Companies and small businesses welcomed the start of the year 2020 with optimism. The U.S. economy was booming, sales and profits were at all-time highs, and unemployment rates were at historic lows. But nearly three months into what many business leaders felt would be one of the strongest years on record, the coronavirus changed it all.
“It wasn’t long ago—just weeks ago—we were having the best economy, the best revenues, the best of everything,” said Dr. Bruce Huang, a core faculty member in the Master of Business Administration (MBA) online degree program at Walden University. “Who would have thought that things would turn upside down as companies and businesses struggle to figure out what to do?”
What’s the best way to lead and manage business during this disease outbreak? That’s the question facing companies around the world as they decide what to do next. And even though COVID-19 brings a high degree of uncertainty, Dr. Huang and other business experts agree that one thing is certain: How a business responds to the coronavirus today will define its success tomorrow.
“During this unprecedented time of COVID-19, many business leaders and experts are giving advice to businesses on how to survive,” Dr. Huang said. “Their advice can be summed up into three words: resilience, speed, and transparency.”
Building a company’s resiliency, speed, and transparency doesn’t happen overnight, Dr. Huang said, but now is as good as time as any to start thinking about the culture business leaders and managers want to cultivate.
“Yesterday matters. How resilient you are. How fast you can move. Whether or not your employees will trust you. That all depends on the culture you cultivated and nurtured yesterday,” he said.
When guiding companies through this difficult time, business leaders can build resilience by approaching the coronavirus crisis in three stages: Respond, recover, and thrive.1
Companies are currently in the respond stage. This stage is all about the steps a company has taken to prepare for a crisis and the specific actions it is taking now to manage business and employees amid the virus outbreak. This stage might include the following tasks:1
Dr. Huang emphasized that if a company hasn’t already done so, this is the time to put together a business continuity plan with specific tasks that will help ensure a company’s resilience during the coronavirus pandemic.
A business continuity plan outlines specific processes and instructions a company must follow to maintain business operations in a face of a disaster. It should cover four areas: business impact analysis, recovery strategies, plan development, and testing and exercises.2
A company’s ability to survive this disease pandemic—and hopefully come out stronger on the other side—depends on the resilience of not only the business but also its employees.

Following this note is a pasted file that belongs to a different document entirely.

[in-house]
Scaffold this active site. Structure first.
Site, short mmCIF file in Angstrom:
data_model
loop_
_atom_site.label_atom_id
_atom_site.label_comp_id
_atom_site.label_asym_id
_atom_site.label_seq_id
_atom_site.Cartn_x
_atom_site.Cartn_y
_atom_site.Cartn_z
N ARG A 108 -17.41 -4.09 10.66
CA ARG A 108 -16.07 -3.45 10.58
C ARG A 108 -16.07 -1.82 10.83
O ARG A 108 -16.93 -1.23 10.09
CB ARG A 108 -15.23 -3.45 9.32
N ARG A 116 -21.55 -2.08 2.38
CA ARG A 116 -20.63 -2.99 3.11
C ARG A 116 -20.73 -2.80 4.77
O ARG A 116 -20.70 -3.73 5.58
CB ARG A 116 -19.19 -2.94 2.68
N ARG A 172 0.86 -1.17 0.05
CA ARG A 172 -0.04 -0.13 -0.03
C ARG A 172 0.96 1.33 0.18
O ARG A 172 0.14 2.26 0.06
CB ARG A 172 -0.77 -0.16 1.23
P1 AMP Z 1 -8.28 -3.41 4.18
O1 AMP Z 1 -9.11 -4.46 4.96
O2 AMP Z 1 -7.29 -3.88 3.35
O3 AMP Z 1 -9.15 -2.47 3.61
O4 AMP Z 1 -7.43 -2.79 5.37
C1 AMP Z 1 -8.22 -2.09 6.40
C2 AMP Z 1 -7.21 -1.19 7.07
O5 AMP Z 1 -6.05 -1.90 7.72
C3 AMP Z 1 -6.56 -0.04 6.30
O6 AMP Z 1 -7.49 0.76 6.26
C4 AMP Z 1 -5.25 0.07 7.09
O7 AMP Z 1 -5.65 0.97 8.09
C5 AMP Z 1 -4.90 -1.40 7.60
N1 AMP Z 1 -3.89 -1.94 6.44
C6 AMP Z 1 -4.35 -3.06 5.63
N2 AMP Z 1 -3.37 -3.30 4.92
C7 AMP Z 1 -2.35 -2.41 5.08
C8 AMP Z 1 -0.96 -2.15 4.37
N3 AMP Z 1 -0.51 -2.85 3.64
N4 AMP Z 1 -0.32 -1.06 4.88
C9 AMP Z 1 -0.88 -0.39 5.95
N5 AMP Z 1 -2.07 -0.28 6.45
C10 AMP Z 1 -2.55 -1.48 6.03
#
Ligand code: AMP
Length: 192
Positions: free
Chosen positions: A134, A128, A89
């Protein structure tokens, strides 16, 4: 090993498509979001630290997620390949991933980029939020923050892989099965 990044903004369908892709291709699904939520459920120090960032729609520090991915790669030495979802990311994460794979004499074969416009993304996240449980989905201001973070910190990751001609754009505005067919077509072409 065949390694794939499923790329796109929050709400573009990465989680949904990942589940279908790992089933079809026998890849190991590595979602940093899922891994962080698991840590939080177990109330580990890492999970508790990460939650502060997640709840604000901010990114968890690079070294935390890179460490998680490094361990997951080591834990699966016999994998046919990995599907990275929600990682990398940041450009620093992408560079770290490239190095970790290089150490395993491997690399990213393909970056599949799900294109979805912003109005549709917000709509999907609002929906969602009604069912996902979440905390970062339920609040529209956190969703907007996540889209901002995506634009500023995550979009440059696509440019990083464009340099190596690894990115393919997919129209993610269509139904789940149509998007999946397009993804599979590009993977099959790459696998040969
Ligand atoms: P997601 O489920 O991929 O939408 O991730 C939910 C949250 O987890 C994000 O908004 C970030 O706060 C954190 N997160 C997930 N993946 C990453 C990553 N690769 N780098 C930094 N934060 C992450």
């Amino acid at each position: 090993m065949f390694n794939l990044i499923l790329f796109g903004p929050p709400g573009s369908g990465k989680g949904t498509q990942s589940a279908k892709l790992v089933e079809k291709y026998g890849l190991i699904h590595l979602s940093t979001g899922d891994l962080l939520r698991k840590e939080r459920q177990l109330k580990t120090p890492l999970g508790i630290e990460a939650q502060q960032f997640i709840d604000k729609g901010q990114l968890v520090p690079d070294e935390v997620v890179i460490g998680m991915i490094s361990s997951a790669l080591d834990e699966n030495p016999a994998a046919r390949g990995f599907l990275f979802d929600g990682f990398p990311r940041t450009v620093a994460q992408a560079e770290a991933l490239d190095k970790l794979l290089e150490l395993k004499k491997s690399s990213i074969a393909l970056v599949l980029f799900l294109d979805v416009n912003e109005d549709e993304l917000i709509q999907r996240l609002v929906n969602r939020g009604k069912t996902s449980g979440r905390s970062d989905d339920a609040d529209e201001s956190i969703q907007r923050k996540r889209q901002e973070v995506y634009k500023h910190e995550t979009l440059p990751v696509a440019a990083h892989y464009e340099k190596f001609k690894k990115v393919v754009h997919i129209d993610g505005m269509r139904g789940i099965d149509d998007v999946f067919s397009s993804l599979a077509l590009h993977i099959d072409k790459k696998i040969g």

“Are you a company that encourages creativity and innovation? Do you empower employees to take risks?” Dr. Huang asked.
In a March press briefing about the coronavirus, Dr. Michael Ryan, executive director of the World Health Organization’s health emergencies program, gave this advice on responding to the disease outbreak:
“Be fast, have no regrets; you must be the first mover. The virus will always get you if you don't move quickly and you need to be prepared … If you need to be right before you move, you will never win. Perfection is the enemy of the good when it comes to emergency management. Speed trumps perfection … The greatest error is not to move, the greatest error is to be paralyzed by the fear of failure.”3
While Dr. Ryan’s comments were directed toward governments, companies should also heed his advice. Instead of waiting to see what happens, business leaders should take quick and decisive action to deal with the impacts of the coronavirus. This means being bold, brave, and innovative. It means anticipating challenges, being proactive, and getting out in front of potential problems.
A company’s ability to address COVID-19 challenges swiftly is highly dependent on the type of culture the company has created in the past, Dr. Huang said.
“Are you a company with a culture that requires committee meetings after committee meetings just to approve some simple decisions, or are you a company with a no-nonsense, just-do-it culture?” he said. “What you did as a company yesterday matters.”
Honesty and transparency are key for leading and managing business during COVID-19. Why? Because transparency builds trust. And during a crisis, trust in leadership is critical.
So how can a leader build trust? According to the 2020 Edelman Trust Barometer study,4 people base their trust on two attributes: the competency of a leader, meaning the ability to deliver on promises, and ethical behavior, meaning doing what’s right for people and society.
“Some business leaders are telling companies to do everything they can for their employees and people because what they do today will define their brand for tomorrow,” Dr. Huang said.
There’s never been a more important time for companies to build a culture of transparency and trust—to step up to do what’s right for their people and put the safety and well-being of their employees first. There are many ways business leaders can do this, such as arranging teleworking, finding creative solutions to keeping employees on payroll, and being forthcoming and honest with information.
“Now is the time to start thinking about how to support and grow the most important asset in your company: your people—the employees,” Dr. Huang said.
Dr. Huang teaches master’s students in Walden’s online MBA degree program. His over 20 years’ experience includes business leadership and executive management in the field of information technology and education.
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